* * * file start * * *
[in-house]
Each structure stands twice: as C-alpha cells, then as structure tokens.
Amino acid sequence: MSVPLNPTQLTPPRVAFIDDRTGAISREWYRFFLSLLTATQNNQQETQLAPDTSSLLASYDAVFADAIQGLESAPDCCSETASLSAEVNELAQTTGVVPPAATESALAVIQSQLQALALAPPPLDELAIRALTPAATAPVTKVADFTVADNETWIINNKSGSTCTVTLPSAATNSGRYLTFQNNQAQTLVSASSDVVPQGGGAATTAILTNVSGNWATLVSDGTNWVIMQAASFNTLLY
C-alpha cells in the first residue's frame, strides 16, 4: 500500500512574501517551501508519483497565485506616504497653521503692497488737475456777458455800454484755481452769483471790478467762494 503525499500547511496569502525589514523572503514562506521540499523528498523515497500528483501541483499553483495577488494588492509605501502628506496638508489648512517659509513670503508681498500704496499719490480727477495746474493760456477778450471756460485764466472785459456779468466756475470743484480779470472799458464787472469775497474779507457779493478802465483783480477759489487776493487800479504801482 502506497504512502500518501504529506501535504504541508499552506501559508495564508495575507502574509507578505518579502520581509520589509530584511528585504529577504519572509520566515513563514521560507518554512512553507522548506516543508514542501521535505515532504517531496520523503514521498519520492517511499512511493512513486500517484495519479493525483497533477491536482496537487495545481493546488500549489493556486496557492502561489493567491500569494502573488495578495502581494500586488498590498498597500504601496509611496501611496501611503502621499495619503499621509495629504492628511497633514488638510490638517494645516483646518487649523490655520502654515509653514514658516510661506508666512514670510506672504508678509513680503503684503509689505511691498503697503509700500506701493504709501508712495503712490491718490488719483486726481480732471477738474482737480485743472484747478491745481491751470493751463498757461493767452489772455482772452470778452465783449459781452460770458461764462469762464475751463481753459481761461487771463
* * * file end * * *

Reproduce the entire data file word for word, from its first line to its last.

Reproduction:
[in-house]
Each structure stands twice: as C-alpha cells, then as structure tokens.
Amino acid sequence: MSVPLNPTQLTPPRVAFIDDRTGAISREWYRFFLSLLTATQNNQQETQLAPDTSSLLASYDAVFADAIQGLESAPDCCSETASLSAEVNELAQTTGVVPPAATESALAVIQSQLQALALAPPPLDELAIRALTPAATAPVTKVADFTVADNETWIINNKSGSTCTVTLPSAATNSGRYLTFQNNQAQTLVSASSDVVPQGGGAATTAILTNVSGNWATLVSDGTNWVIMQAASFNTLLY
C-alpha cells in the first residue's frame, strides 16, 4: 500500500512574501517551501508519483497565485506616504497653521503692497488737475456777458455800454484755481452769483471790478467762494 503525499500547511496569502525589514523572503514562506521540499523528498523515497500528483501541483499553483495577488494588492509605501502628506496638508489648512517659509513670503508681498500704496499719490480727477495746474493760456477778450471756460485764466472785459456779468466756475470743484480779470472799458464787472469775497474779507457779493478802465483783480477759489487776493487800479504801482 502506497504512502500518501504529506501535504504541508499552506501559508495564508495575507502574509507578505518579502520581509520589509530584511528585504529577504519572509520566515513563514521560507518554512512553507522548506516543508514542501521535505515532504517531496520523503514521498519520492517511499512511493512513486500517484495519479493525483497533477491536482496537487495545481493546488500549489493556486496557492502561489493567491500569494502573488495578495502581494500586488498590498498597500504601496509611496501611496501611503502621499495619503499621509495629504492628511497633514488638510490638517494645516483646518487649523490655520502654515509653514514658516510661506508666512514670510506672504508678509513680503503684503509689505511691498503697503509700500506701493504709501508712495503712490491718490488719483486726481480732471477738474482737480485743472484747478491745481491751470493751463498757461493767452489772455482772452470778452465783449459781452460770458461764462469762464475751463481753459481761461487771463